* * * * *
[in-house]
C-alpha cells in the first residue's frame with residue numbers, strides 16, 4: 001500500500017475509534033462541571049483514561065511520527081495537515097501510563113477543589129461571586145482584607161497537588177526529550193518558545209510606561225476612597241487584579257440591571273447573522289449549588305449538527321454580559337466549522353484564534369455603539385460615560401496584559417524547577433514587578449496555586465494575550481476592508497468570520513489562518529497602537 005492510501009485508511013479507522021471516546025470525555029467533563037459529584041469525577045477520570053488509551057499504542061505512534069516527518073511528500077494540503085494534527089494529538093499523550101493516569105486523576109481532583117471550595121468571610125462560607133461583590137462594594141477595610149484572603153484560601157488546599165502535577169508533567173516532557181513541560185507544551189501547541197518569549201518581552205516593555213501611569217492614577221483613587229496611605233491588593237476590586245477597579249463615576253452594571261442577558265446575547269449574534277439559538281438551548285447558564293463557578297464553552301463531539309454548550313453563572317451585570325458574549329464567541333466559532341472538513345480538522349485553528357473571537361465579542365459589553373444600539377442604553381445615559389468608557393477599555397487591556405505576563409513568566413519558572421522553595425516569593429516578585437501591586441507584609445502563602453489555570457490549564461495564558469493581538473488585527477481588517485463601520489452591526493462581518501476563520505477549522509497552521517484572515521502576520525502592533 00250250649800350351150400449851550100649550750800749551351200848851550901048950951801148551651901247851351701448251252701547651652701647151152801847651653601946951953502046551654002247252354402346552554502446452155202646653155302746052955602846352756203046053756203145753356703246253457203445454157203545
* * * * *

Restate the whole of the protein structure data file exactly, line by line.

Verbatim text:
[in-house]
C-alpha cells in the first residue's frame with residue numbers, strides 16, 4: 001500500500017475509534033462541571049483514561065511520527081495537515097501510563113477543589129461571586145482584607161497537588177526529550193518558545209510606561225476612597241487584579257440591571273447573522289449549588305449538527321454580559337466549522353484564534369455603539385460615560401496584559417524547577433514587578449496555586465494575550481476592508497468570520513489562518529497602537 005492510501009485508511013479507522021471516546025470525555029467533563037459529584041469525577045477520570053488509551057499504542061505512534069516527518073511528500077494540503085494534527089494529538093499523550101493516569105486523576109481532583117471550595121468571610125462560607133461583590137462594594141477595610149484572603153484560601157488546599165502535577169508533567173516532557181513541560185507544551189501547541197518569549201518581552205516593555213501611569217492614577221483613587229496611605233491588593237476590586245477597579249463615576253452594571261442577558265446575547269449574534277439559538281438551548285447558564293463557578297464553552301463531539309454548550313453563572317451585570325458574549329464567541333466559532341472538513345480538522349485553528357473571537361465579542365459589553373444600539377442604553381445615559389468608557393477599555397487591556405505576563409513568566413519558572421522553595425516569593429516578585437501591586441507584609445502563602453489555570457490549564461495564558469493581538473488585527477481588517485463601520489452591526493462581518501476563520505477549522509497552521517484572515521502576520525502592533 00250250649800350351150400449851550100649550750800749551351200848851550901048950951801148551651901247851351701448251252701547651652701647151152801847651653601946951953502046551654002247252354402346552554502446452155202646653155302746052955602846352756203046053756203145753356703246253457203445454157203545